Evan Carroll
      www.EvanCarroll.com

        This dies unless something, somewhere loads IO::Handle somehow.

        So will

        my $fh = IO::File->new(...);

        if you don't do

        use IO::File;

        There goes half your node.

        No other module in perl, or on cpan, adopts a syntax that requires Class::constructor( my $obj, @args );

        What about builtins? open, opendir, tie, dbmopen, pipe, accept and connect.

        You could even include my, local, our and state as well, although they also return the constructed variable.

        On CPAN, there's Win32::Process::Create for one.

        I'll grant you the that point, but I'll weight it low because we're all so familiar with open that the weirdness is gone. (If you're not that familiar, you will be. open is used in too many places.)

        that isn't implemented by using IO::Handle is duplicated somewhere,

        I don't know to what your pronouns refer, but I don't see why anything is duplicated. OO interface calls IO::Handle. IO::Handle calls builtins. No redundancy.

        You also failed to address the inconsistencies between CORE::open() and IO::File->new() which my post hits on. They simply don't return the same thing, and where they differ CORE::open() is the one that is wrong.

        I "failed to address" the "inconsistencies" because they are irrelevant. The only wrong one I see is test 7 (assuming the test is what I guess it is), and that's not an IO::File test.

        Furthermore, this obscure CORE syntax makes getting subclassing-like functionality awkward

        Subclassing something that isn't an object is awkward... You don't say! What does that even mean.

        Inheritance isn't the best choice for files anyway, whether using IO::File or not.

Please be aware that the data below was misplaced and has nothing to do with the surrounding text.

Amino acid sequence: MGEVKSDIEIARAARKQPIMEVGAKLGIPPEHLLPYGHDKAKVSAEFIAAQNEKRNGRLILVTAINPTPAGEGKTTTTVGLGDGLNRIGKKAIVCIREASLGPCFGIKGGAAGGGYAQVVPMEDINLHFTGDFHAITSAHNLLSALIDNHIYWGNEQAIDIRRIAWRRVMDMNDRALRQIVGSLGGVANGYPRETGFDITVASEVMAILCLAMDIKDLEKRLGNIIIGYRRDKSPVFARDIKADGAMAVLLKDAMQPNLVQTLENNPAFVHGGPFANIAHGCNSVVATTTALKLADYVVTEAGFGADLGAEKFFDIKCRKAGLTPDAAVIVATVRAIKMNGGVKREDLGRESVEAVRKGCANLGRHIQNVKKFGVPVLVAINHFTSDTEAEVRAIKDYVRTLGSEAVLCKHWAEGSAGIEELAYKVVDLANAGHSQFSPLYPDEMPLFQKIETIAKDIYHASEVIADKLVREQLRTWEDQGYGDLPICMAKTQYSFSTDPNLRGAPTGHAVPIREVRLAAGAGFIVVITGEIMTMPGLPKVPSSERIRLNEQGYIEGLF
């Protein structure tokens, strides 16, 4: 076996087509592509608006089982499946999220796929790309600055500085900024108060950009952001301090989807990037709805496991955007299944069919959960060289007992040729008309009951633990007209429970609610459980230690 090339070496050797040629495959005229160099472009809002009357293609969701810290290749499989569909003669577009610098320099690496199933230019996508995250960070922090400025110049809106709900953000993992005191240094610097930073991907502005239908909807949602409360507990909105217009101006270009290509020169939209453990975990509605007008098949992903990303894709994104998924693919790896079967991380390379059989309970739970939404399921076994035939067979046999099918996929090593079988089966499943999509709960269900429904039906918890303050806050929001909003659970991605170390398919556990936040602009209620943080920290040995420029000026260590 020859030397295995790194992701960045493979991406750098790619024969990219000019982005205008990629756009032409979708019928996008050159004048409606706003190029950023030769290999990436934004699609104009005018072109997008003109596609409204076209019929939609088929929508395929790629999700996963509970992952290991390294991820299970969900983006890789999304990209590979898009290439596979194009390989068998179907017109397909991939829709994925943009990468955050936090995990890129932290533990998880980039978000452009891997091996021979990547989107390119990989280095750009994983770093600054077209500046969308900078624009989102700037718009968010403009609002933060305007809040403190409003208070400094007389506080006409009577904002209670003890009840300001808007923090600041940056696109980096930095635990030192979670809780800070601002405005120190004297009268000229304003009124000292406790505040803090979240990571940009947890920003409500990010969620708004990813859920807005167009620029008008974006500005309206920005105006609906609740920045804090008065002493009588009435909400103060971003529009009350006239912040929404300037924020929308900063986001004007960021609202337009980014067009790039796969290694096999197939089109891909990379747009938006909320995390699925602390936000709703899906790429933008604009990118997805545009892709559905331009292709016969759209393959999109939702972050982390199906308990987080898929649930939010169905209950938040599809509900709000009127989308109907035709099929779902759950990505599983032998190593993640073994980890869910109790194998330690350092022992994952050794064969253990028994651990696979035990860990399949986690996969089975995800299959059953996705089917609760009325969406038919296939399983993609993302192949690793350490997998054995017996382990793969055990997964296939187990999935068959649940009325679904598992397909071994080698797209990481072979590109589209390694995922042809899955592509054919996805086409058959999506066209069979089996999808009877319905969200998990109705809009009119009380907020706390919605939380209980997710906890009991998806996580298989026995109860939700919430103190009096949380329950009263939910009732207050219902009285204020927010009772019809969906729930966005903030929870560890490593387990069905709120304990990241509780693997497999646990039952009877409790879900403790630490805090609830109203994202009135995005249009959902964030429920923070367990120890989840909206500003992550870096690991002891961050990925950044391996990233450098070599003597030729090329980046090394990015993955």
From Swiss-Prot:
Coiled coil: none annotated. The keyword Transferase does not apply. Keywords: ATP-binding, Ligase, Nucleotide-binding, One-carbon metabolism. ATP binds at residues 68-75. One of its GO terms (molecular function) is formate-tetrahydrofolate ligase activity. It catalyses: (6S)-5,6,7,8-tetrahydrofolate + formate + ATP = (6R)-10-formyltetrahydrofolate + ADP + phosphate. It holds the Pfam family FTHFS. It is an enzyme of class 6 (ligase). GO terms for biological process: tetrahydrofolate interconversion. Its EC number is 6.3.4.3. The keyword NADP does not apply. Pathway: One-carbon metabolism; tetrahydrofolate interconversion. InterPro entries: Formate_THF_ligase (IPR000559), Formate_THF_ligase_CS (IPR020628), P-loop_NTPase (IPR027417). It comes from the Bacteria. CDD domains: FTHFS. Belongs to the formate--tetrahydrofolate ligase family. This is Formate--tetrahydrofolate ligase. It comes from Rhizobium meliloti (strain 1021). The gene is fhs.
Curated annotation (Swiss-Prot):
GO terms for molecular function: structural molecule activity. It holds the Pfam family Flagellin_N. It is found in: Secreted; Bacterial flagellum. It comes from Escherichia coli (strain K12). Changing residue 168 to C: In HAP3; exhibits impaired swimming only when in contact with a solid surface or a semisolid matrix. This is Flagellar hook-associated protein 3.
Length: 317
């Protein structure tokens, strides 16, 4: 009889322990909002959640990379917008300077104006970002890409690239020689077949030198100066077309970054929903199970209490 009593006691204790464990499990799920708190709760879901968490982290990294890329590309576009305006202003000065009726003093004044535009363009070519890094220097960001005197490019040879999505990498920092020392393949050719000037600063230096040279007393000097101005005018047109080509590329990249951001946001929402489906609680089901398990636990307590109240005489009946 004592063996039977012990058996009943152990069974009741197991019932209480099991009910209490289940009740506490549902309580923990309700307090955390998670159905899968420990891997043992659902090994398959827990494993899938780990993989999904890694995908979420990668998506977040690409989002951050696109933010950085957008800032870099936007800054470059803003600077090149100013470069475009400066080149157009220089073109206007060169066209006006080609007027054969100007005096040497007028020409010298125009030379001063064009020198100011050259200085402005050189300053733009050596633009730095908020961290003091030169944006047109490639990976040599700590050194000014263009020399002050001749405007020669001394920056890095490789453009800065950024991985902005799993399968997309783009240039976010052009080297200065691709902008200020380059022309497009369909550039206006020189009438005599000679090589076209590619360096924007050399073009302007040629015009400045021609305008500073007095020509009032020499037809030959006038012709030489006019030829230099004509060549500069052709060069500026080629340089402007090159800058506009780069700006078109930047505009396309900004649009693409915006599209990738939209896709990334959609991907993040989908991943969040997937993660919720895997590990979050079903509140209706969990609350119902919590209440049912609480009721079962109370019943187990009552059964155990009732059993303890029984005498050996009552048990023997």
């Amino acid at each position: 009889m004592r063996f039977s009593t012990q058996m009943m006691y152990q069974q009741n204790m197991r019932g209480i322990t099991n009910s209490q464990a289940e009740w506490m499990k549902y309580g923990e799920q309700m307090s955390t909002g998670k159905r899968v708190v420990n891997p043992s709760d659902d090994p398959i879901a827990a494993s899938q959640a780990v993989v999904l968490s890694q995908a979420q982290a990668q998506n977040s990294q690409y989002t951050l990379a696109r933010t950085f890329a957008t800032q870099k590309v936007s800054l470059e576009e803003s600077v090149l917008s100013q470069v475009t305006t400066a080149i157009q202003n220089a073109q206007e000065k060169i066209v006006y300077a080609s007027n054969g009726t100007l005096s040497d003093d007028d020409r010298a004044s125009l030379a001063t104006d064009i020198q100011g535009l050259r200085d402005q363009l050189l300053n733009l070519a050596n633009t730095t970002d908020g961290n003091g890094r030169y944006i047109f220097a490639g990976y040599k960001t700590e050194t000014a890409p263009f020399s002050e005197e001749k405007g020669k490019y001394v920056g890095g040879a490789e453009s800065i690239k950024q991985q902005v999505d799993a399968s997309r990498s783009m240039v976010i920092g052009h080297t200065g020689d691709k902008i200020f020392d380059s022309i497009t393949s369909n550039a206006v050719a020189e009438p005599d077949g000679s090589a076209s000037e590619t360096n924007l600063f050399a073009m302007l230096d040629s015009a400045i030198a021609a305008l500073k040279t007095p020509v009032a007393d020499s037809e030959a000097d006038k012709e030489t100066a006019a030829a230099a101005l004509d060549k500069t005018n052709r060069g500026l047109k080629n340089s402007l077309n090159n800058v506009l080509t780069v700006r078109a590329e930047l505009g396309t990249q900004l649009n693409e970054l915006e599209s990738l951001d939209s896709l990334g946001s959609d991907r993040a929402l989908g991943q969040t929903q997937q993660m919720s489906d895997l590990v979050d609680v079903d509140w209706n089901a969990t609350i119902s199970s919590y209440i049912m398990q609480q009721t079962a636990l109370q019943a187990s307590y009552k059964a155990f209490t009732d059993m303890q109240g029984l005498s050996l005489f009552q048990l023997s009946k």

Evan said:
        No other module in perl, or on cpan, adopts a syntax that requires Class::constructor( my $obj, @args );.
        Win32::Process::Create.

        I know because I once spent half a day mocking this awful interface.



        - Boldra
Re: IO::File vs CORE::open
by karavelov (Monk) on May 13, 2009 at 02:22 UTC

    The build-in "open" function has a tons of functionality that could not be replicated using IO::File. Opening file-system files is just one of the cases that CORE::open covers. There are a lot of other cases as: dup-ing a fh, opening fh to memory location, fork-ing a child and splicing it's STDOUT to opened fh (pipes) etc.

    In short, with just one function with its little idiosyncratic language for open modes you could do almost all the things you could do with all IO::* modules (except sockets). You could hate it but there are people that like it, for various reasons.

    I do not fully understand your proposition for stop using CORE::open and start using IO::File. But why not use instead IO::Pipe? Or IO::String?

Re: IO::File vs CORE::open
by chromatic (Archbishop) on May 13, 2009 at 07:42 UTC
    If you want to revise the learning curve of perl, it is better to leave it out.

    Explaining OO before demonstrating how to perform file operations is definitely a revision of Perl's learning curve, but I'm not sure it's a revision of Perl's learning curve in the "easier to learn" direction.

    If you want conceptual purity of a single programming paradigm, you don't want Perl.

      Depends on the direction you are coming from. If you're used to the results of the "Everything is an object" mantra, the IO::File will look more familiar. I'd rather have "similar things should look similar, different things look different" than "everything looks the same", though.

      Jenda
      Enoch was right!
      Enjoy the last years of Rome.

        If you're used to the results of the "Everything is an object" mantra, the IO::File will look more familiar.

        Yet how inconsistent with the rest of the core language.